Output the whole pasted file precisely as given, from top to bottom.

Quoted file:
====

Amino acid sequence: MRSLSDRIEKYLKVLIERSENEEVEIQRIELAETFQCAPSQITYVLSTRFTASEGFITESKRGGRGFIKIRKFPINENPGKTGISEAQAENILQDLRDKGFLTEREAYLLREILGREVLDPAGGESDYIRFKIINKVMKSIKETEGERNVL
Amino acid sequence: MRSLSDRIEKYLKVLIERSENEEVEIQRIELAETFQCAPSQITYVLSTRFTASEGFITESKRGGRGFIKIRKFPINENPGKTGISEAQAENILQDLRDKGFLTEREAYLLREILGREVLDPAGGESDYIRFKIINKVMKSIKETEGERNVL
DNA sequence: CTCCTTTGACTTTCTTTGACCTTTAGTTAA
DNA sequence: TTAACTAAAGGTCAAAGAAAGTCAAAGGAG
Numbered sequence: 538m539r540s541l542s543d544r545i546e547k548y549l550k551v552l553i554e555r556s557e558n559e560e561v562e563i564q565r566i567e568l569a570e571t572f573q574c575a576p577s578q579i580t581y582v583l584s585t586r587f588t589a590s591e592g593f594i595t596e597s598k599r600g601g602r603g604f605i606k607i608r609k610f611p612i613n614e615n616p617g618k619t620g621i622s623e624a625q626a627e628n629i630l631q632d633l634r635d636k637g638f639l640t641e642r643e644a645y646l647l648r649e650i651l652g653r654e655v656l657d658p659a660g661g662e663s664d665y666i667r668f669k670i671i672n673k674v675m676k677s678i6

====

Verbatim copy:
Amino acid sequence: MRSLSDRIEKYLKVLIERSENEEVEIQRIELAETFQCAPSQITYVLSTRFTASEGFITESKRGGRGFIKIRKFPINENPGKTGISEAQAENILQDLRDKGFLTEREAYLLREILGREVLDPAGGESDYIRFKIINKVMKSIKETEGERNVL
Amino acid sequence: MRSLSDRIEKYLKVLIERSENEEVEIQRIELAETFQCAPSQITYVLSTRFTASEGFITESKRGGRGFIKIRKFPINENPGKTGISEAQAENILQDLRDKGFLTEREAYLLREILGREVLDPAGGESDYIRFKIINKVMKSIKETEGERNVL
DNA sequence: CTCCTTTGACTTTCTTTGACCTTTAGTTAA
DNA sequence: TTAACTAAAGGTCAAAGAAAGTCAAAGGAG
Numbered sequence: 538m539r540s541l542s543d544r545i546e547k548y549l550k551v552l553i554e555r556s557e558n559e560e561v562e563i564q565r566i567e568l569a570e571t572f573q574c575a576p577s578q579i580t581y582v583l584s585t586r587f588t589a590s591e592g593f594i595t596e597s598k599r600g601g602r603g604f605i606k607i608r609k610f611p612i613n614e615n616p617g618k619t620g621i622s623e624a625q626a627e628n629i630l631q632d633l634r635d636k637g638f639l640t641e642r643e644a645y646l647l648r649e650i651l652g653r654e655v656l657d658p659a660g661g662e663s664d665y666i667r668f669k670i671i672n673k674v675m676k677s678i6